Import Ref: 
29
Import Imported: 
1

E-commerce discussions in Geneva, in regional capitals, and beyond are grappling with the challenges of formulating appropriate policy responses to the digital transformation of trade. The literature is clear, e-commerce has the potential to bring significant development benefits, but these will not be automatic. Moreover, significant gaps in capacity, capital and skills could imperil the equitable distribution of the benefits of digital transformation and prevent them reaching the world’s poor.

Moving from the theoretical to the practical is a challenge. The rise of the digital economy is marked by an increasing concentration of market shares, and a growing sense of tension between the public interests and the consolidation of big data based companies. Governments, particularly in the developing world, look at this situation with scepticism and wonder what is needed to evolve from takers to value creators.

This workshop will look at the relationship between e-commerce and development both from a policy and a trade negotiations perspective. In doing so, we will address questions around the nature of special and differential treatment and its evolution, the relevance of competition policy in the context of the digital economy, and the shaping of trade negotiations, particularly at the WTO.

Attendance to this event is by invitation only.

The context setting is done by Ricardo Meléndez-Ortiz, Chief Executive of ICTSD.

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Place: 
Geneva, Switzerland
Event type: 
Our events
Image: 
Promote to homepage: 
No
Region: 
Global
Main Tag: 
Digital Economy
programme: 
programme 1
Language: 
English
Partners: 

 

This event is organised with the generous support of The Goverment of Finland....

Date period: 
Wednesday, 14 November 2018 - 9:15am to 5:30pm

New technologies and their applications drive profound industrial and societal reorganization. Despite improved efficiency and aggregated enormous wealth associated with certain economic structure and business models as enabled by technologies, a constant issue has always been proper policy responses in dealing with negative externalities, including the alarming gap between rich and poor. Dramatic social reactions against trade and globalization are a good testimony of this kind of policy failure.

With the advent of disruptive technologies, rapid applications of foundational technologies such as artificial intelligence (AI), and distributed ledger technologies (DLTs), will further alter the way industries operate and crash some fundamental concepts in existing trade policies. The challenge for the global trade community is keeping up with developments and harnessing the power of disruptive technologies and reflecting relevant adaptations in future trade rule-making and negotiations agenda, with a view to among other things achieving sustainable development. A few countries and regional integration schemes are already experimenting on innovating in this regard.

During the session, the participants had an interactive interdisciplinary exchange on the application of disruptive technologies and related business models at company level in international trade, at government level in the context of trade policy formulation and implementation, and emerging collaboration and potential issues at international level. The discussion also focused on opportunities and challenges for new and the existing global trade and investment frameworks, directions of the next generation of global trade policy, and their implications on inclusiveness and environmental sustainability.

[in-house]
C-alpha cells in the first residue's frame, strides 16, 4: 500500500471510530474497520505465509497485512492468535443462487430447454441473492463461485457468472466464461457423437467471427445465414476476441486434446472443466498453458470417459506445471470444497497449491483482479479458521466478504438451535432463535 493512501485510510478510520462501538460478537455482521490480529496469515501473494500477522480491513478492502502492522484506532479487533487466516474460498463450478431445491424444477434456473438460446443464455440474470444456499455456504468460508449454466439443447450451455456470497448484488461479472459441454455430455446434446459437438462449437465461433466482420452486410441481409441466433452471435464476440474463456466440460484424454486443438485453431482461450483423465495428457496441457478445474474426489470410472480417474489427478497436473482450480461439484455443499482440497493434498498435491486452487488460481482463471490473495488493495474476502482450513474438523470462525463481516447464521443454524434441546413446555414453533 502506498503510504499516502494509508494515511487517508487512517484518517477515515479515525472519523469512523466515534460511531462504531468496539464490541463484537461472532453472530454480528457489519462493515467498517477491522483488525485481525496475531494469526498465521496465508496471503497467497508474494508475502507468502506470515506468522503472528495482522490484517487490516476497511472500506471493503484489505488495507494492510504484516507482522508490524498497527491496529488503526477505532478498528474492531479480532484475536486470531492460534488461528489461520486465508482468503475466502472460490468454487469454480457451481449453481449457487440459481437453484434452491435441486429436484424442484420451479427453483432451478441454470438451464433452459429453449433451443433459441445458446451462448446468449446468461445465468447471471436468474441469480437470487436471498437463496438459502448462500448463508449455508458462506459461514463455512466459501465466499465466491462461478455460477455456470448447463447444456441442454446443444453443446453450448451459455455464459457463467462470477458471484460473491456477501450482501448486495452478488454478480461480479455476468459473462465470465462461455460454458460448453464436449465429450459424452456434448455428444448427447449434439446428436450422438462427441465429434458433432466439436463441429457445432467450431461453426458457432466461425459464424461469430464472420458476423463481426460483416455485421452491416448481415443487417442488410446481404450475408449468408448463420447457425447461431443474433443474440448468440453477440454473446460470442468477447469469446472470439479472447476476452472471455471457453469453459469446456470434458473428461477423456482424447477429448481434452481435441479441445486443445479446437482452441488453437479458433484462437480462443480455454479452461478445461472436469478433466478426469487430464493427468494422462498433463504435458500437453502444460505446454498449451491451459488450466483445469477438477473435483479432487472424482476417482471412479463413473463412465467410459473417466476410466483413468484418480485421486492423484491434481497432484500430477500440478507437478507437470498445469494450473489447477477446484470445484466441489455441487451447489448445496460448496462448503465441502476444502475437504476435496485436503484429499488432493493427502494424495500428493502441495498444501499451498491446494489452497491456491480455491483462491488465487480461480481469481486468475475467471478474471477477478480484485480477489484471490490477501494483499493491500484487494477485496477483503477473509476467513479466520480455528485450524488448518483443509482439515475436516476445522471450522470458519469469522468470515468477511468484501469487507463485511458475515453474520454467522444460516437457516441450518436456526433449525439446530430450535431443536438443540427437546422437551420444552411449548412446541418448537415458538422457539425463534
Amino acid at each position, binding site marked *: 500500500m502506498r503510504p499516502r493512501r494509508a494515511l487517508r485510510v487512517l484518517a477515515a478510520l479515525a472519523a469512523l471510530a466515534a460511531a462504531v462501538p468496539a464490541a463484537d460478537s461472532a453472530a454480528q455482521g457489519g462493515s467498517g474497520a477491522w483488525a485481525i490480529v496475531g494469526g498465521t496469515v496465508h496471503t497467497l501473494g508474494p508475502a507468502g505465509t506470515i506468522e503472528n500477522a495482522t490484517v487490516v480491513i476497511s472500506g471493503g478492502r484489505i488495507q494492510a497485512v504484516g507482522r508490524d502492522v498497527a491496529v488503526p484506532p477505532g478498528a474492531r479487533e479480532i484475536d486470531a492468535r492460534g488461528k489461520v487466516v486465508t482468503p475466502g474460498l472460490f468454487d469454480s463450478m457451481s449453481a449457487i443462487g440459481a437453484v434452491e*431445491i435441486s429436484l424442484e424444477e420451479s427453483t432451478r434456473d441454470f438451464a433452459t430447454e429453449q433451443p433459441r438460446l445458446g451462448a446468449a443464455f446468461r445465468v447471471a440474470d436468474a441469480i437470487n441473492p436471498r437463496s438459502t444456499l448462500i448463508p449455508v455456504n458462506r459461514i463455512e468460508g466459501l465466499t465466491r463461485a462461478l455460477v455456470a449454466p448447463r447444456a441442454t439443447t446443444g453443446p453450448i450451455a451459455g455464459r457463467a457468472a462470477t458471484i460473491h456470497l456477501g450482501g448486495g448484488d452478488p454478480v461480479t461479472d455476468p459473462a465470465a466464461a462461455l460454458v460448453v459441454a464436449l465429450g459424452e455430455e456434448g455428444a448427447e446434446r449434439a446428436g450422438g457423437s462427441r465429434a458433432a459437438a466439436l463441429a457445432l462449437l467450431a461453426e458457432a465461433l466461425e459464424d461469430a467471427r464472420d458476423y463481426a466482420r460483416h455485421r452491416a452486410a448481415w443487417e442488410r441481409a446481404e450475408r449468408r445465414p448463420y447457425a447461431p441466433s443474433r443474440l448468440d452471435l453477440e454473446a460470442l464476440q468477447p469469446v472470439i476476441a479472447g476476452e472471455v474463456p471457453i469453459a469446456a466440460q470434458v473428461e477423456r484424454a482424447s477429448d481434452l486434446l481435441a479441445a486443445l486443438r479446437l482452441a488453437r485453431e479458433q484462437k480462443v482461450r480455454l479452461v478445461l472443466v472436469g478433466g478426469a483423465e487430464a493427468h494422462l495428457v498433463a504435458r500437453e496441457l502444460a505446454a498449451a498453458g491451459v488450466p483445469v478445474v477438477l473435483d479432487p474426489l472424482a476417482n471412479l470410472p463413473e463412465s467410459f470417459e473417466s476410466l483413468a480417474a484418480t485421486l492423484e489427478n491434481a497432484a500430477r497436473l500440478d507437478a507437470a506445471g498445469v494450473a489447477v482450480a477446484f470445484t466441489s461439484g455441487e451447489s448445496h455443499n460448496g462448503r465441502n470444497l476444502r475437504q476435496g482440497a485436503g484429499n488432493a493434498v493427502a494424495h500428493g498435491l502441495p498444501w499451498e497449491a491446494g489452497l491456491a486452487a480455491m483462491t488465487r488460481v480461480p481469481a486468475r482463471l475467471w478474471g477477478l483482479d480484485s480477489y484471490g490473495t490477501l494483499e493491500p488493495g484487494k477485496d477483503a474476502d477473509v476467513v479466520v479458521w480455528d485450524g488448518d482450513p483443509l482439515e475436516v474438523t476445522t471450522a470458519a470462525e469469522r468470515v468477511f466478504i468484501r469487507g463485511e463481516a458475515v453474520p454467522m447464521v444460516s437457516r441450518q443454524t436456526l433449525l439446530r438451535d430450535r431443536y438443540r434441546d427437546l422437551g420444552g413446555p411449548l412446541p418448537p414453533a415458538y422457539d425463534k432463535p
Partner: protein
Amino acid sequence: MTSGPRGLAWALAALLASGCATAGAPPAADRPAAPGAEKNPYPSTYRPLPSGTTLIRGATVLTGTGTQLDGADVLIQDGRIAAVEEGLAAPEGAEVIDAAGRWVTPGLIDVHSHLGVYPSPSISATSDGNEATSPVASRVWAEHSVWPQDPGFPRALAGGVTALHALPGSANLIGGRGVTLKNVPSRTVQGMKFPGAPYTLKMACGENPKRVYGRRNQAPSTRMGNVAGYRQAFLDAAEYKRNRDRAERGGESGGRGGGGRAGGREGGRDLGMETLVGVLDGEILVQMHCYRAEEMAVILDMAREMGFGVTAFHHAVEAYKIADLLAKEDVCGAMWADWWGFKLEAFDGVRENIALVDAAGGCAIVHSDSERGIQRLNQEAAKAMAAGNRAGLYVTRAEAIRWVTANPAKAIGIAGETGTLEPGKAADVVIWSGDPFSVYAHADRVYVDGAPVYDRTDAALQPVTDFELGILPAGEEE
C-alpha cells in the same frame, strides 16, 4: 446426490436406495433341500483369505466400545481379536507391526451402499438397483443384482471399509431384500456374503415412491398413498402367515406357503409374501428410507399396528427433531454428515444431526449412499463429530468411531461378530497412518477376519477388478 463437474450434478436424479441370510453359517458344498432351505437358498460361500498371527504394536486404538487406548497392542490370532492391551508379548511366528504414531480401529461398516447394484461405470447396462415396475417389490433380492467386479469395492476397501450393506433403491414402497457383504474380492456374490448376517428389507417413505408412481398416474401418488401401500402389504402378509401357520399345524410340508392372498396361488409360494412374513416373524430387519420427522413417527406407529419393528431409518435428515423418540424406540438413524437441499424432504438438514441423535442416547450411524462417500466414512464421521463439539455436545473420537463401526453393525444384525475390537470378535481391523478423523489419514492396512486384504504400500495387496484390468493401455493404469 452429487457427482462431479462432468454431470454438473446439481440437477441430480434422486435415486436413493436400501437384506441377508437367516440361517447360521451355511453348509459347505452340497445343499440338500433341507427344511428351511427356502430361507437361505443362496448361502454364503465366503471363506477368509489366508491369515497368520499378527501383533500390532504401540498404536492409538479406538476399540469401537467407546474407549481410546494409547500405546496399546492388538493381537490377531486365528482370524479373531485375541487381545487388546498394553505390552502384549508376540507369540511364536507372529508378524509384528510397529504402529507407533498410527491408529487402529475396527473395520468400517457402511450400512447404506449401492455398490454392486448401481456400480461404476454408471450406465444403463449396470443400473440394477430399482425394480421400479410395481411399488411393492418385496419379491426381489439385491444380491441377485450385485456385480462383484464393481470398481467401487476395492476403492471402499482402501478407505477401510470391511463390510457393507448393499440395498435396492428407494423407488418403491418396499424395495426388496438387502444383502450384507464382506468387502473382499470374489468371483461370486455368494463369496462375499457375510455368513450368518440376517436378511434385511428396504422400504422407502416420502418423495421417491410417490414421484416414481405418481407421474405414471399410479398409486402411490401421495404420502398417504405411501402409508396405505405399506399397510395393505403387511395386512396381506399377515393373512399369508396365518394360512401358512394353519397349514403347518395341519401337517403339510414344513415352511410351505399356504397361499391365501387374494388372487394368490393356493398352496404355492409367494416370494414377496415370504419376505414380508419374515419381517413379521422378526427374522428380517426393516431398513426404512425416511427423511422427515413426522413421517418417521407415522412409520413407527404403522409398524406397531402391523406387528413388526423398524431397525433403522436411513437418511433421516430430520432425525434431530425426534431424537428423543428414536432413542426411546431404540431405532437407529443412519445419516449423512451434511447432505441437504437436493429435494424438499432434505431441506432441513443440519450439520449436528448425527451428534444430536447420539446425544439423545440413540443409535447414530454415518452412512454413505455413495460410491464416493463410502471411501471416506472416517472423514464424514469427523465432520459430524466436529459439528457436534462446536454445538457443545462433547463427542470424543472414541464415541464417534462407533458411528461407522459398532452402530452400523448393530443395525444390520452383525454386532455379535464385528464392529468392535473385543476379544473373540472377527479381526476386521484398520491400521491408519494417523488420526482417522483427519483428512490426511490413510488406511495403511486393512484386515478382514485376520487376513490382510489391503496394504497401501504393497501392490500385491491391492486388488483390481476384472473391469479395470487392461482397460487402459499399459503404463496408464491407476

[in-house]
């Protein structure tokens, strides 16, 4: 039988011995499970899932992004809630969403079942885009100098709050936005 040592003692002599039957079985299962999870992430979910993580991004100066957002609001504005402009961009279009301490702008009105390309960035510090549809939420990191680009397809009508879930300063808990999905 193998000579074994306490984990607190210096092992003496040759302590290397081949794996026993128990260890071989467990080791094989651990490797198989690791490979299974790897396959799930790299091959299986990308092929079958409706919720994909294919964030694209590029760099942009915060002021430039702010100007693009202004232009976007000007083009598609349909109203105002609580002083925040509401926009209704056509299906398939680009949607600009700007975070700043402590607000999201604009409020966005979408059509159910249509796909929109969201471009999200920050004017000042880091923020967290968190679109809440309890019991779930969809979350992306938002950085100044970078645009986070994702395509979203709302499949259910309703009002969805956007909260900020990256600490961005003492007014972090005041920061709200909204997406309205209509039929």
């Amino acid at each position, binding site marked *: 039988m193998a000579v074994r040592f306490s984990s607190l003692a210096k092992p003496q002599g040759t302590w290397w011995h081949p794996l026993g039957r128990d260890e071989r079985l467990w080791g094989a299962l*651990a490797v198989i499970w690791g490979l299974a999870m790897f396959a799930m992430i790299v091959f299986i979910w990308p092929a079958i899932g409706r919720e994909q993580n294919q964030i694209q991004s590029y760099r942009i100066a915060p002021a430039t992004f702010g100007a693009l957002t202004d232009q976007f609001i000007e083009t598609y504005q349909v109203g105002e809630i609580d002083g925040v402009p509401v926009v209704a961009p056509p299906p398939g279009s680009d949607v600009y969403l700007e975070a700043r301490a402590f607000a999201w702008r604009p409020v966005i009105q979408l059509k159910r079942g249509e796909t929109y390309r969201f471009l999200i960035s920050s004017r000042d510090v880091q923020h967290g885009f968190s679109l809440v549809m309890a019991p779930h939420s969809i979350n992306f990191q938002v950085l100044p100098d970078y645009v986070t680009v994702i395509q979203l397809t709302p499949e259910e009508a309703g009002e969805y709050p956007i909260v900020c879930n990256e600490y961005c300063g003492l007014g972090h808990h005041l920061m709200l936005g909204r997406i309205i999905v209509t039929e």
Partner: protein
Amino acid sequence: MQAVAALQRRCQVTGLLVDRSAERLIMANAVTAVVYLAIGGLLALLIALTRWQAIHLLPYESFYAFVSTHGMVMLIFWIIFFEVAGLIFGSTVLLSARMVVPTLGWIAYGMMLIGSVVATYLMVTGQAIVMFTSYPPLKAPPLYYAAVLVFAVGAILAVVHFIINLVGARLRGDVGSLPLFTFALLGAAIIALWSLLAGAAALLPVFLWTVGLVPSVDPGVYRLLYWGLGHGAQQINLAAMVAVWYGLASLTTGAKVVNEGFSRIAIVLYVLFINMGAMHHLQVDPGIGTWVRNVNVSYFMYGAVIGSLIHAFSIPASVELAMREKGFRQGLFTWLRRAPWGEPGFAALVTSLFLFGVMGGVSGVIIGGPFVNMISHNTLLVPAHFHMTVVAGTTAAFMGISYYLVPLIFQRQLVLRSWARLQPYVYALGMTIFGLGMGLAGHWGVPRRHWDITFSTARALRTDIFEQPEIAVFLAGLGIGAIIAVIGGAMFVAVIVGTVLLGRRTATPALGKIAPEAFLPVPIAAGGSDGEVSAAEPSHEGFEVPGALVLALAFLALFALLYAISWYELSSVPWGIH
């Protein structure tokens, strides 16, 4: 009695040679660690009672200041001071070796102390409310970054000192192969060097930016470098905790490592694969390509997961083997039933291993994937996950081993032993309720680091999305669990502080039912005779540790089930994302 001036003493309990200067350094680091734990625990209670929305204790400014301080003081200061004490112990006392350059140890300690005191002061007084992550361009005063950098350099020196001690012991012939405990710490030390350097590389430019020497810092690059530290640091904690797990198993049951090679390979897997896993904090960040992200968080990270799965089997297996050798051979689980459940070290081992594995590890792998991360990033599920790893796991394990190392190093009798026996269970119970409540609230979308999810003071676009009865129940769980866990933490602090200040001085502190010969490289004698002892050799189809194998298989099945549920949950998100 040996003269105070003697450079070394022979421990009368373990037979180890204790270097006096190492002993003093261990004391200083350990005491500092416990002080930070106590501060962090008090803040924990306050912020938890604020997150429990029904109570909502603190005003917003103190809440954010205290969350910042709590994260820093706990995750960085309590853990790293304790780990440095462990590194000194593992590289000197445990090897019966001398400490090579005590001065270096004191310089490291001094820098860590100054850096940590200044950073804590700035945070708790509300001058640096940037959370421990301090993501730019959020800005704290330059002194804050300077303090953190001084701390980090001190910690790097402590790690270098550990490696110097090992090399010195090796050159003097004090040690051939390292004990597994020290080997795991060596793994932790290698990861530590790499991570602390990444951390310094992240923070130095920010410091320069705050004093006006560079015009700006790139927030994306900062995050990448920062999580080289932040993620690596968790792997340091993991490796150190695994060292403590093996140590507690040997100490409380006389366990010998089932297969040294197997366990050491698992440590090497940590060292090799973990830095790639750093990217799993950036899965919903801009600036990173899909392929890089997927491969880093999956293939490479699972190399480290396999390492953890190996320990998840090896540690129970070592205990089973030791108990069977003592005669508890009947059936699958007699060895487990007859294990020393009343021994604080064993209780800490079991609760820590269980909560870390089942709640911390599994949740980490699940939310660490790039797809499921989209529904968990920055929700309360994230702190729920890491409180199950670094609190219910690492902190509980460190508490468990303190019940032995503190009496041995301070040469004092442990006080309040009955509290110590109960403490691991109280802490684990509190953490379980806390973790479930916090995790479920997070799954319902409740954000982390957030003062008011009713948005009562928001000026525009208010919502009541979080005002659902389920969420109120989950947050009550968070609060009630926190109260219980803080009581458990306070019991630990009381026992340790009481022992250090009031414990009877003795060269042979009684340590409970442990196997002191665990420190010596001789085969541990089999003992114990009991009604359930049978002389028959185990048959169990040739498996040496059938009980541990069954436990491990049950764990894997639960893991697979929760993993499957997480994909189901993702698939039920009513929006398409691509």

Ricardo Meléndez-Ortiz, Chief Executive of ICTSD, is the moderator.

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Place: 
Geneva, Switzerland
Event type: 
Our events
Image: 
Promote to homepage: 
No
Region: 
Global
Main Tag: 
Technology
Language: 
English
Date period: 
Wednesday, 3 October 2018 - 8:00am to 9:45am

In supporting and participating in the organisation of this regional multistakeholder policy dialogue on the African Continental Free Trade Area (AfCFTA), ICTSD aimed at filling important knowledge gaps around the agreement’s implementation and phase 2 negotiations commencing in August 2018. In particular, this covered areas such as e-commerce, investment facilitation, competition, and intellectual property as well as gender equality.

The dialogue created an open and inclusive space for debate on the substance and form of the AfCFTA. Discussions assessed the strengths and weaknesses of the AfCFTA process and put forward recommendations intended to facilitate its optimal implementation in the Economic Community of West African States (ECOWAS) region and identify effective paths forward for the next phase of negotiations.

Main takeaways

  • Rules of origin: it will be important to clearly and accurately define the criteria that will enable the identification of products originating from within the regional space. The meeting recommended that negotiators adopt flexible rules of origin with a view of ensuring priority access for African companies to the continental market and so that countries can develop their productive capacities and create regional and continental value chains.
  • Sensitive and excluded products: consensus must be reached on sensitive products and also an explicit determination of the products excluded from the free trade area.
  • Different levels of development: while embracing an ambitious agenda of regional integration, the varying socioeconomic realities, industrialisation needs, and structural deficits across countries and regions need to be taken into consideration.
  • Participation: the lack of broad and inclusive consultations with all relevant stakeholders at national and regional levels has been a major deficiency that has driven legitimate concerns expressed by actors in many countries regarding the trade deal’s outcomes.